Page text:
I have a path of verts and I want to deselect the left one and the right one: with indexes 0 and 2:

enter image description here

The problem is that I can't seem to figure out how to find correct indexes. Iterating through ob.data and bmesh.verts gives me a sorted lists, using a ops.mesh.select_less() deselects everything (in this example), I've tried different options of Sort Mesh Elements without any luck, so I'm out of ideas to make this happen without using something like geodesics on surface.

In the example above the verts I'm looking are placed as far from each other as possible but this is not might not be the case, for instance:

enter image description here

  • 1
    $\begingroup$ In order to help we need to know what makes those two vertices special, I can see in the images that it is the angle, that the vertices have with their neighbours, as well as 1 selected vertex, but it may not be what you are looking for. $\endgroup$
    – WhatAMesh
    Feb 8 '20 at 14:32
  • 1
    $\begingroup$ In both cases above the angle between selected edges at vert is around 90. Will this always be the case? $\endgroup$
    – batFINGER
    Feb 8 '20 at 14:32
  • $\begingroup$ @WhatAMesh ah, interesting: yes, the angle between path segments is the same (bevelled verts). Can this help? I'm not sure how to compare angles in 3d $\endgroup$ Feb 8 '20 at 14:52
  • $\begingroup$ @batFINGER, the angle between the first and the last edge may be different but it's always larger than between all the other selected edges $\endgroup$ Feb 8 '20 at 14:54
  • 1
    $\begingroup$ I'd use the approach based on what @WhatAMesh already mentioned. Only take vertices that have only one neighbor, except when it's encompassing a face, then you may be able to use the "last selected" vertex as indicator for the break between the last and first vertex. $\endgroup$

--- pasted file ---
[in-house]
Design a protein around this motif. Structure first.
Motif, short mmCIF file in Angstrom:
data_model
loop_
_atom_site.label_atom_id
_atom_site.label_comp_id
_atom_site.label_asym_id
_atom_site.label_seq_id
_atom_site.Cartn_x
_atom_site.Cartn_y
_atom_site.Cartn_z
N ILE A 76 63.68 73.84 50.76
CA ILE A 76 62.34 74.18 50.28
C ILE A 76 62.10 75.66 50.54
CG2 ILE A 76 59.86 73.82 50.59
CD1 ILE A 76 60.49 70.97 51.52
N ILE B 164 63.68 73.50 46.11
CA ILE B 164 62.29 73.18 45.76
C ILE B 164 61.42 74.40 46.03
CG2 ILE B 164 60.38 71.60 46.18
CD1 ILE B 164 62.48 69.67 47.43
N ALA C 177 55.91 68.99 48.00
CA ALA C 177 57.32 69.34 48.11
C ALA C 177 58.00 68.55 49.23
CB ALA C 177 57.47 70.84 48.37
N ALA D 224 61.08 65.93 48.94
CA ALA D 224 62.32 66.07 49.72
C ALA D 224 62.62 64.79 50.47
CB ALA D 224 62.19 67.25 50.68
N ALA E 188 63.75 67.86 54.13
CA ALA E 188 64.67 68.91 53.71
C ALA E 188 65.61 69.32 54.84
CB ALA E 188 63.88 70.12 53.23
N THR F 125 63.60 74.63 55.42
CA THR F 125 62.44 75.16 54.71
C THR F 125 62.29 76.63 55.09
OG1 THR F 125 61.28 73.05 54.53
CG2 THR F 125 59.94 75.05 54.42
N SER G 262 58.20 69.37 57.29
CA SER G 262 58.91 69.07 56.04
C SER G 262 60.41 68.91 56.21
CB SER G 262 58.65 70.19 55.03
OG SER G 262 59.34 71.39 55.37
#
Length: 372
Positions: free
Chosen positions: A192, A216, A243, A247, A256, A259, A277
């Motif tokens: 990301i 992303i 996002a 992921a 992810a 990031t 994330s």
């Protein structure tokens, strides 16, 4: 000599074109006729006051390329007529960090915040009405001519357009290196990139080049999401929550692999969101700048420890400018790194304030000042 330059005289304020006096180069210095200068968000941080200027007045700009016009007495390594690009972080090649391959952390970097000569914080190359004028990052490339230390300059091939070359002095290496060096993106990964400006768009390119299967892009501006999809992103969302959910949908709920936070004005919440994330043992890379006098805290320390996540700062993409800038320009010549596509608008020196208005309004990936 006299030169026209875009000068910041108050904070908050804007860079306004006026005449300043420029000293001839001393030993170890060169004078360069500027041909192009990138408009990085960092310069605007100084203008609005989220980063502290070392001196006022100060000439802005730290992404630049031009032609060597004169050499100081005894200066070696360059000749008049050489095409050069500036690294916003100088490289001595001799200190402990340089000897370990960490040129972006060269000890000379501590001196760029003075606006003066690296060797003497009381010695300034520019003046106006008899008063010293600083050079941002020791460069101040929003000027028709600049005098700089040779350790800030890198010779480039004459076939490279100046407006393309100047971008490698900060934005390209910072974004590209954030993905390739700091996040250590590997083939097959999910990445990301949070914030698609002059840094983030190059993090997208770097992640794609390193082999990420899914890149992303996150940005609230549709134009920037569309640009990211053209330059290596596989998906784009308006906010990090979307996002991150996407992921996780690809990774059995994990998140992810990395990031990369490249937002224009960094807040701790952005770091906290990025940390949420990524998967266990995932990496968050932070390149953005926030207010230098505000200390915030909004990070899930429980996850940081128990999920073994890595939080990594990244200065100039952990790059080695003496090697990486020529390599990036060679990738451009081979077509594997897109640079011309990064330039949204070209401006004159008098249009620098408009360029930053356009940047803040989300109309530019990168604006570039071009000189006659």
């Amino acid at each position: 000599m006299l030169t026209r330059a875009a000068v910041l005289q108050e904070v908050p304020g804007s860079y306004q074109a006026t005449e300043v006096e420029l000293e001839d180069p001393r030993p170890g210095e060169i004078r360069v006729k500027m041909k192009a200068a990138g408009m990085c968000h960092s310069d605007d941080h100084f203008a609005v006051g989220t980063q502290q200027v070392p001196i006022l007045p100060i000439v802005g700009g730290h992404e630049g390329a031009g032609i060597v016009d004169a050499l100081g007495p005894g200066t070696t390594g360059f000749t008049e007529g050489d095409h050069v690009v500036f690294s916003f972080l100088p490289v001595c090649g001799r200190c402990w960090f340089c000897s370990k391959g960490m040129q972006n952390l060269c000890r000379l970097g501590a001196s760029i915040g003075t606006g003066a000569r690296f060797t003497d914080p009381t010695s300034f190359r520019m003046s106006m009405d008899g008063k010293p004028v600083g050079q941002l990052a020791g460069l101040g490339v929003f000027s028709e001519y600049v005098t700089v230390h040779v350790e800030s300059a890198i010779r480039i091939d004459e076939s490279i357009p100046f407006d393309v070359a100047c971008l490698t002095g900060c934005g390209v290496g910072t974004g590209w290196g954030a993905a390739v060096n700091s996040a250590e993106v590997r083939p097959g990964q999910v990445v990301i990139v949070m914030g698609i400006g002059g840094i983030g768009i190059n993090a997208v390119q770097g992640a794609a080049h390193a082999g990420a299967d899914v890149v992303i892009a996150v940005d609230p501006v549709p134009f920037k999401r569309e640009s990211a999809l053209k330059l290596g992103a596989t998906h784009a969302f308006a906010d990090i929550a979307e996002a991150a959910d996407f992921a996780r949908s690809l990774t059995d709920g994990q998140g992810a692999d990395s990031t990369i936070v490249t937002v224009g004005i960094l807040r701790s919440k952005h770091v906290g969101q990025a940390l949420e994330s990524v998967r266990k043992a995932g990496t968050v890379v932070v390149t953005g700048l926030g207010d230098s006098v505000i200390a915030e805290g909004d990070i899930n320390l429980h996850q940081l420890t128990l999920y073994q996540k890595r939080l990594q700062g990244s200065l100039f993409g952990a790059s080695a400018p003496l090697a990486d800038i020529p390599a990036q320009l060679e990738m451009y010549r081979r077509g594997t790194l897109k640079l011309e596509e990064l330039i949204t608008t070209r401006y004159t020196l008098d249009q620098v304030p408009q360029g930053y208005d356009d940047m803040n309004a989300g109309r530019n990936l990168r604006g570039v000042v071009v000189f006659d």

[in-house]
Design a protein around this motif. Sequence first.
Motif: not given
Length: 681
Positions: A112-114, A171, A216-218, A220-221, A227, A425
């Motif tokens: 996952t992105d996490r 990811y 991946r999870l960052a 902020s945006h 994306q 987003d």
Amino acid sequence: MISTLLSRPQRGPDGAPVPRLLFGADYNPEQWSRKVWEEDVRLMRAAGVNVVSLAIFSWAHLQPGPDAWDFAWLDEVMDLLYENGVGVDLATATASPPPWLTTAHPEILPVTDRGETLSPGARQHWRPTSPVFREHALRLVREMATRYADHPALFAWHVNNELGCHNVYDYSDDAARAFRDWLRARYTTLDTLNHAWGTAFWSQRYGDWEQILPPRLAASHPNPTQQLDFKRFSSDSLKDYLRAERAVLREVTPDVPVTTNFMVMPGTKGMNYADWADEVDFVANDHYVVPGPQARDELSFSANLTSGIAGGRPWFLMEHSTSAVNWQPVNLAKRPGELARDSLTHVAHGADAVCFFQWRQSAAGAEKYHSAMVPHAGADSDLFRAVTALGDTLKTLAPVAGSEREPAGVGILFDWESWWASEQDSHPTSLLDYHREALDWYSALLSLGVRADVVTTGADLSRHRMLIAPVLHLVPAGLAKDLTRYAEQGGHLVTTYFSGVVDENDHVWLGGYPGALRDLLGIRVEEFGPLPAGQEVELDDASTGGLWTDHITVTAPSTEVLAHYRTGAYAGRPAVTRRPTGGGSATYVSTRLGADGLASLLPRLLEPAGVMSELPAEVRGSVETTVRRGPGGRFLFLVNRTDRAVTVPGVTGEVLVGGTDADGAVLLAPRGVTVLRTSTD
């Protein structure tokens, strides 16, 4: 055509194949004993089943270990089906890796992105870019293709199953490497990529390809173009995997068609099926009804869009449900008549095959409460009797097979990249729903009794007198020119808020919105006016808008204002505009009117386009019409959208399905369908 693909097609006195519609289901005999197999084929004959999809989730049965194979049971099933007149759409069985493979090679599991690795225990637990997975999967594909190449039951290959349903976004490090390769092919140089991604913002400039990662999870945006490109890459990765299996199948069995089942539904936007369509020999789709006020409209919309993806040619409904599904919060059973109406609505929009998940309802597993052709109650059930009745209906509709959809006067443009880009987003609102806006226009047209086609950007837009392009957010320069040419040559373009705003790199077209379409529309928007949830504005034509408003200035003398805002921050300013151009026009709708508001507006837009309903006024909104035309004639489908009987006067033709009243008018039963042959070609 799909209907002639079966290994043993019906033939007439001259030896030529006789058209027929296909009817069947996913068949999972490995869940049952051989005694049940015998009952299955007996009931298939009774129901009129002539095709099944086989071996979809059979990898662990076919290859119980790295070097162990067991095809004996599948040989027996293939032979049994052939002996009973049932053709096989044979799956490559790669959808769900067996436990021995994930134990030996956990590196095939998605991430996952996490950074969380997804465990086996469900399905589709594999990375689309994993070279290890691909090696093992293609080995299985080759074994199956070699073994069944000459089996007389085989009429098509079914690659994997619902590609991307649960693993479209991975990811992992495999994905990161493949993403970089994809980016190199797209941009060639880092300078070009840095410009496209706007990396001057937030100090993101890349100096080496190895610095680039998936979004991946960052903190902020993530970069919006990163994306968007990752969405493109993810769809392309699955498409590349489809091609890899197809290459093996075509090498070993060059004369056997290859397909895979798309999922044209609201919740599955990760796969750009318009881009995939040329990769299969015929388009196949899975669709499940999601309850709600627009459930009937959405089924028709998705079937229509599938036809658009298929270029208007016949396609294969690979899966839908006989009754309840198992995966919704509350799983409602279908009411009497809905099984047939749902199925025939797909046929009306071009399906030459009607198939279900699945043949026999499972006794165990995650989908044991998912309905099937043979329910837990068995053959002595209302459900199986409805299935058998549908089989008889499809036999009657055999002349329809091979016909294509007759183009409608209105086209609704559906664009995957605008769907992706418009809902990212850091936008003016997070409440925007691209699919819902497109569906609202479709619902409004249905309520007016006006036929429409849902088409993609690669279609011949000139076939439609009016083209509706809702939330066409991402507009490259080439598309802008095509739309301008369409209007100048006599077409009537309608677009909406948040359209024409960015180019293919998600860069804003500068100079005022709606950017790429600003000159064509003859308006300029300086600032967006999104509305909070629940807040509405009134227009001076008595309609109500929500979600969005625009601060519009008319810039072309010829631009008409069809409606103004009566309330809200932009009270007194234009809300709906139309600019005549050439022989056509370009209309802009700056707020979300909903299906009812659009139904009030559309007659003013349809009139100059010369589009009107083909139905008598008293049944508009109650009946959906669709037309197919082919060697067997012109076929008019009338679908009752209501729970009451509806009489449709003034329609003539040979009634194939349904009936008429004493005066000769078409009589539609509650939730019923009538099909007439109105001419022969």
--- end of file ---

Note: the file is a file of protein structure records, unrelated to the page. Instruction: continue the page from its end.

– Xylvier
    Feb 8 '20 at 14:56

The two verts with largest angle between two linked selected edges.

the angle between the first and the last edge may be different but it's always larger than between all the other selected edges

Going by images in question you have a closed loop, if the two verts are ends of selected edge path, see below.

Test Script orders a list of selected verts, orders them by "edge angle" if they have two selected linked edges else assigns -1. The last two vertices are deselected.

Note this is only a proof of context. Getting the angle of three verts a, b, c, edges ab, bc, could also be done via checking dot product of normalized edge vectors.

import bpy
import bmesh
from math import degrees

def edge_vec(e):
    return e.verts[1].co - e.verts[0].co

def edge_angle(v):
    edges = [e for e in v.link_edges if e.select]
    if len(edges) == 2:
        e0, e1 = edges
        return edge_vec(e1).angle(edge_vec(e0))

    return -1

context = bpy.context
scene = context.scene
ob = context.object
me = ob.data
bm = bmesh.from_edit_mesh(me)
verts = sorted((v for v in bm.verts if v.select), key=lambda v: edge_angle(v))

if len(verts) >= 2:
    for v in verts[-2:]:
        print(v, degrees(edge_angle(v)))
        v.select = False



For the case here, where the verts in question are at either end of an edge path, it would be a matter of looking for selected verts that have only one selected edge in their link edges

verts = [v for v in bm.verts if v.select 
         and len(e for e in v.link_edges if e.select) == 1]
  • $\begingroup$ Thank you! I'm not sure I understand the last part: shouldn't it be my_list[:2]? because two elements I need to deselect are first in the list (have the largest angles) or am I missing something? Here on the left screen I run the script with [-2:] and [:2] on the right: prnt.sc/qzngmq $\endgroup$ Feb 9 '20 at 8:17
  • $\begingroup$ No. The two elements are last in the list, which have largest angle. Its from the second last -2 to the end. At issue with the screenshot shown is only one edge is selected at the two vertices you wish to deselect, as opposed to screenshots in question. Might have to look at verts that have only two link edges instead of two selected link edges. $\endgroup$
    – batFINGER
    Feb 9 '20 at 8:32
  • $\begingroup$ Ah ok, thank you for explanation $\endgroup$ Feb 9 '20 at 9:54

Your Answer

By clicking “Post Your Answer”, you agree to our terms of service, privacy policy and cookie policy

Not the answer you're looking for? Browse other questions tagged or ask your own question.